Behavior Modifiers

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BehaviorModifiers ::= ( Precondition | Specificity | ContextCondition | EntryCondition | NumberNeededForSuccess | TeamMemberSpecifier | SuccessCondition | ReinforcementSignals | ReinforcementState )
Precondition ::= <PRECONDITION> <LBRACE> TestExpression <RBRACE>
Specificity ::= <SPECIFICITY> <INTEGER_LITERAL> <SEMICOLON>
NumberNeededForSuccess ::= <NUMBER_NEEDED_FOR_SUCCESS> <INTEGER_LITERAL> <SEMICOLON>
TeamMemberSpecifier ::= <TEAMMEMBERS> ( <IDENTIFIER> )+ <SEMICOLON>
ContextCondition ::= <CONTEXT_CONDITION> <LBRACE> TestExpression <RBRACE>
EntryCondition ::= <ENTRY_CONDITION> <LBRACE> TestExpression <RBRACE>
SuccessCondition ::= <SUCCESS_CONDITION> <LBRACE> TestExpression <RBRACE>

Specificity

The behavior modifier specificity modifies behavior selection when executing a goal. A behavior is normally chosen by first using signature matching to locate a subset of behaviors from the behavior library that could potentially accomplish the goal, testing the preconditions of this subset of behaviors, and randomly selecting a behavior from those with satisfied preconditions. A specificity modifier associates an integer specificity with a behavior. In the event that multiple matching behaviors have satisfied preconditions, the behavior with the highest specificity is chosen. The term "specificity" refers to the notion that, given two different satisfied preconditions, one of the preconditions is satisfied in a larger subset of all possible working memory states, and is thus more general, while the other is satisfied by a smaller subset of working memory states, and is thus more specific. By allowing authors to associate specificities with behaviors, ABL implements the heuristic of first trying the behavior whose precondition is most specific to the current state the agent finds itself in.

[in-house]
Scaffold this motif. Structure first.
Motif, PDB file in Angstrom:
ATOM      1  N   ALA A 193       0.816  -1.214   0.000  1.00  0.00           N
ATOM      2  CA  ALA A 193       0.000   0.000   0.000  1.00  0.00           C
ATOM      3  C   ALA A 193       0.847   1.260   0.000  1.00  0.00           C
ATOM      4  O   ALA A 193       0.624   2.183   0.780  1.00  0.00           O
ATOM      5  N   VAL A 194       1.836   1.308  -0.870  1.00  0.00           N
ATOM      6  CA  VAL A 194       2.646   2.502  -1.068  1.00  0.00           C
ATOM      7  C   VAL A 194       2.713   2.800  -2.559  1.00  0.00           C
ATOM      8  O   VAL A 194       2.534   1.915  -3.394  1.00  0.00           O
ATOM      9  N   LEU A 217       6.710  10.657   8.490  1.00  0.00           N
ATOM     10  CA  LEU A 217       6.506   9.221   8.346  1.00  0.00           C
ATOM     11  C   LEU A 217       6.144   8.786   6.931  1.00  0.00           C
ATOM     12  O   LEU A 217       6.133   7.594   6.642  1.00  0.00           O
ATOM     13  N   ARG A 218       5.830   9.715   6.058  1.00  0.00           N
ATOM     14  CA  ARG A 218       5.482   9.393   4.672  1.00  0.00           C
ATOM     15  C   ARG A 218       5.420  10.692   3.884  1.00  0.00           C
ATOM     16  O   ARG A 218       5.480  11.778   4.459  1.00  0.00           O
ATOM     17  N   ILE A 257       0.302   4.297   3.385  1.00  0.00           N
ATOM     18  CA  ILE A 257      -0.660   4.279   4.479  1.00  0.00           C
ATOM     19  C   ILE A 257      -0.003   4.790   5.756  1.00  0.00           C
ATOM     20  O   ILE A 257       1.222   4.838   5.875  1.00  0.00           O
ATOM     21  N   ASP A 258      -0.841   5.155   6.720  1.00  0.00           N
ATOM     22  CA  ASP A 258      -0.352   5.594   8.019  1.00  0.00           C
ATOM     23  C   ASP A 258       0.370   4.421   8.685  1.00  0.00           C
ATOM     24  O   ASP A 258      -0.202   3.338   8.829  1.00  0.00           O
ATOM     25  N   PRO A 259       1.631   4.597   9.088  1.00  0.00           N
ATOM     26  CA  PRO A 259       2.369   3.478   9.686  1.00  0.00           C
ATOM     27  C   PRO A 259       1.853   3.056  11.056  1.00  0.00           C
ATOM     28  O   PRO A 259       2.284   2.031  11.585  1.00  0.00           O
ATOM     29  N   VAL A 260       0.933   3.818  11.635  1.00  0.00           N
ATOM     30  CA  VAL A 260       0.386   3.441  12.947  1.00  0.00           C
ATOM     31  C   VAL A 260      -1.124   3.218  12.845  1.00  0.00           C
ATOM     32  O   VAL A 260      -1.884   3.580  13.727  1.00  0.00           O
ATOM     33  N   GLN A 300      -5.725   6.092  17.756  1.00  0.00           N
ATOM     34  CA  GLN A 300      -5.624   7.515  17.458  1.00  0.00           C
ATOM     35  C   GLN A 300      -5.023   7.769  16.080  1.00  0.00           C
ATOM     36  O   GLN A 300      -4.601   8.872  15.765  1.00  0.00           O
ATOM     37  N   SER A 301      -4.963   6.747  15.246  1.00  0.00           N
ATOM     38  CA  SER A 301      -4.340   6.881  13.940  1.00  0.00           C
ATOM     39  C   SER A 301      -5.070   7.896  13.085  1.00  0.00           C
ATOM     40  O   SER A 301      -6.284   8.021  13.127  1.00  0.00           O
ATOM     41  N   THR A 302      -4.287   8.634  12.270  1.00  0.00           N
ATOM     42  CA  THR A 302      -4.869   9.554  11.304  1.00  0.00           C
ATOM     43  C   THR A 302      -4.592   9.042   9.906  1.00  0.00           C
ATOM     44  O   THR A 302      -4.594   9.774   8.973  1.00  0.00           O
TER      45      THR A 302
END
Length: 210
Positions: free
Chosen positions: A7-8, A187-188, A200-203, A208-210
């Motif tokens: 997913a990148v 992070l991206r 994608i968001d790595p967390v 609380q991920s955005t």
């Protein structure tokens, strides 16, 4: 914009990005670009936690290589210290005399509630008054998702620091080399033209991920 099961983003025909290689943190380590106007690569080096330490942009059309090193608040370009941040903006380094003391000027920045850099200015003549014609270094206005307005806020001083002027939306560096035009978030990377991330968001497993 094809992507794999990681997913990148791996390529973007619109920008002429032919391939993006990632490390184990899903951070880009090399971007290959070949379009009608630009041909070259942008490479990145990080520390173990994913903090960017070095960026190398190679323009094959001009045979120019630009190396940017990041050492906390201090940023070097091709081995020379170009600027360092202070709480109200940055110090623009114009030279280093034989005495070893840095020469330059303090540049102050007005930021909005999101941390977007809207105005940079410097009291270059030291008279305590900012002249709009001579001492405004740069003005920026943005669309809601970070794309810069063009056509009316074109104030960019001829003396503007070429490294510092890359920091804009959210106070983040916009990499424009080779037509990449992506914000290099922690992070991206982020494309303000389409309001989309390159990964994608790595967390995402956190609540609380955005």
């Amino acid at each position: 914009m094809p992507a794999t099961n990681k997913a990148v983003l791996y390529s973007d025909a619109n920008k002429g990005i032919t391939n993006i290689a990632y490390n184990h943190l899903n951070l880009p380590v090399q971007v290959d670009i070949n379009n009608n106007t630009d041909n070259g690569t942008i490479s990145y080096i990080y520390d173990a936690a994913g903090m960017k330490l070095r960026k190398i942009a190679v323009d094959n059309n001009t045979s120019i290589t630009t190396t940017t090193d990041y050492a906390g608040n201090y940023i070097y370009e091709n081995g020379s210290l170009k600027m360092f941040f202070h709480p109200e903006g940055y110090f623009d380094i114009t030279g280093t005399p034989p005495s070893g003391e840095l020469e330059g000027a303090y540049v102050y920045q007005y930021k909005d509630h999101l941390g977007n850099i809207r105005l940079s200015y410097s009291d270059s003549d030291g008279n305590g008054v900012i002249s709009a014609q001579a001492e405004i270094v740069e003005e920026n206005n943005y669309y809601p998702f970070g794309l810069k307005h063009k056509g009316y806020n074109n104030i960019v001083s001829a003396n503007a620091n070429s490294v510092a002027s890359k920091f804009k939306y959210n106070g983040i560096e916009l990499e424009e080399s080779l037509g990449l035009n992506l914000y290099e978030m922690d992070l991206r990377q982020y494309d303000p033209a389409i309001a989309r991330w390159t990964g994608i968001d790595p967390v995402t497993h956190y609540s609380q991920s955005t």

Syntax

specificity Nat ;

Example

sequential behavior A() {
    specificity 1;
    ...
}

sequential behavior A() {
    specificity 10;
    ...
}

All other things being equal, the A with the higher specificity will be executed before the other is considered.

Number Needed for Success

Normally all the non-effect_only steps of a behavior must succeed for the behavior to succeed. Sometimes however, in a parallel or collection behavior, only a subset of the steps need to succeed, without knowing ahead of time which subset is necessary (if you knew ahead of time which subset actually needed to succeed, the other steps could be marked effect_only).

For example, suppose two subgoals are being pursued in parallel, but once either one of them succeeds, the enclosing behavior should succeed (and thus abort the unfinished subgoal). The behavior annotation number_needed_for_success expresses this. It is used to specify the number of non-effect_only steps that must succeed in order for the behavior to succeed.

Syntax

number_needed_for_success Nat ;